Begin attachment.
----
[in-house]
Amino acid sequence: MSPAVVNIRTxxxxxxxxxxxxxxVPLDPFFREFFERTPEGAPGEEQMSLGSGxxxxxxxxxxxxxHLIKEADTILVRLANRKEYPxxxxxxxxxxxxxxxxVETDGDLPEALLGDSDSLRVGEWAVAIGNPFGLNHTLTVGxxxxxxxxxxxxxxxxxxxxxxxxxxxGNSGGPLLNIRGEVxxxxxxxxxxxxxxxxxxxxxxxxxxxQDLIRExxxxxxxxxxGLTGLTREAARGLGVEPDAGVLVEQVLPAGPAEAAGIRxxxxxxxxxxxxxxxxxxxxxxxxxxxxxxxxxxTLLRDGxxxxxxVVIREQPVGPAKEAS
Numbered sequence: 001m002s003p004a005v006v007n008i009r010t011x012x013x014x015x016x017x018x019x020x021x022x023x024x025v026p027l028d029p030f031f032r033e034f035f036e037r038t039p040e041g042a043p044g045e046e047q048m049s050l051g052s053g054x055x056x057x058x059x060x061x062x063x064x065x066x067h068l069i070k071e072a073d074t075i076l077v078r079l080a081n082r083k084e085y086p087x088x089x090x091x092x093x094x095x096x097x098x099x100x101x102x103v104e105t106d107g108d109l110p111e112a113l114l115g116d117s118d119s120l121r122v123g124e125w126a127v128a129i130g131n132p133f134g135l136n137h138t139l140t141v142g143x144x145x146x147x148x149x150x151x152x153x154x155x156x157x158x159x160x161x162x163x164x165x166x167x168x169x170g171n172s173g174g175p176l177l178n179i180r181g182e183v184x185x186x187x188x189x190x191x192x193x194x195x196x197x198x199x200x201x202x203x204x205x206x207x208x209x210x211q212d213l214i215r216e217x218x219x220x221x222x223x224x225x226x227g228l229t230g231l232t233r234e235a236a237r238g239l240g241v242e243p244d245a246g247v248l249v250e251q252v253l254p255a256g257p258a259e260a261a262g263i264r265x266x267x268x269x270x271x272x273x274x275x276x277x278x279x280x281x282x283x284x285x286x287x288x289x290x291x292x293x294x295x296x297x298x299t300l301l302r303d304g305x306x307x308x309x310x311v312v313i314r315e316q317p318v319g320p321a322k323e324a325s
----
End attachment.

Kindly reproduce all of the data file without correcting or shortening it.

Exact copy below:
[in-house]
Amino acid sequence: MSPAVVNIRTxxxxxxxxxxxxxxVPLDPFFREFFERTPEGAPGEEQMSLGSGxxxxxxxxxxxxxHLIKEADTILVRLANRKEYPxxxxxxxxxxxxxxxxVETDGDLPEALLGDSDSLRVGEWAVAIGNPFGLNHTLTVGxxxxxxxxxxxxxxxxxxxxxxxxxxxGNSGGPLLNIRGEVxxxxxxxxxxxxxxxxxxxxxxxxxxxQDLIRExxxxxxxxxxGLTGLTREAARGLGVEPDAGVLVEQVLPAGPAEAAGIRxxxxxxxxxxxxxxxxxxxxxxxxxxxxxxxxxxTLLRDGxxxxxxVVIREQPVGPAKEAS
Numbered sequence: 001m002s003p004a005v006v007n008i009r010t011x012x013x014x015x016x017x018x019x020x021x022x023x024x025v026p027l028d029p030f031f032r033e034f035f036e037r038t039p040e041g042a043p044g045e046e047q048m049s050l051g052s053g054x055x056x057x058x059x060x061x062x063x064x065x066x067h068l069i070k071e072a073d074t075i076l077v078r079l080a081n082r083k084e085y086p087x088x089x090x091x092x093x094x095x096x097x098x099x100x101x102x103v104e105t106d107g108d109l110p111e112a113l114l115g116d117s118d119s120l121r122v123g124e125w126a127v128a129i130g131n132p133f134g135l136n137h138t139l140t141v142g143x144x145x146x147x148x149x150x151x152x153x154x155x156x157x158x159x160x161x162x163x164x165x166x167x168x169x170g171n172s173g174g175p176l177l178n179i180r181g182e183v184x185x186x187x188x189x190x191x192x193x194x195x196x197x198x199x200x201x202x203x204x205x206x207x208x209x210x211q212d213l214i215r216e217x218x219x220x221x222x223x224x225x226x227g228l229t230g231l232t233r234e235a236a237r238g239l240g241v242e243p244d245a246g247v248l249v250e251q252v253l254p255a256g257p258a259e260a261a262g263i264r265x266x267x268x269x270x271x272x273x274x275x276x277x278x279x280x281x282x283x284x285x286x287x288x289x290x291x292x293x294x295x296x297x298x299t300l301l302r303d304g305x306x307x308x309x310x311v312v313i314r315e316q317p318v319g320p321a322k323e324a325s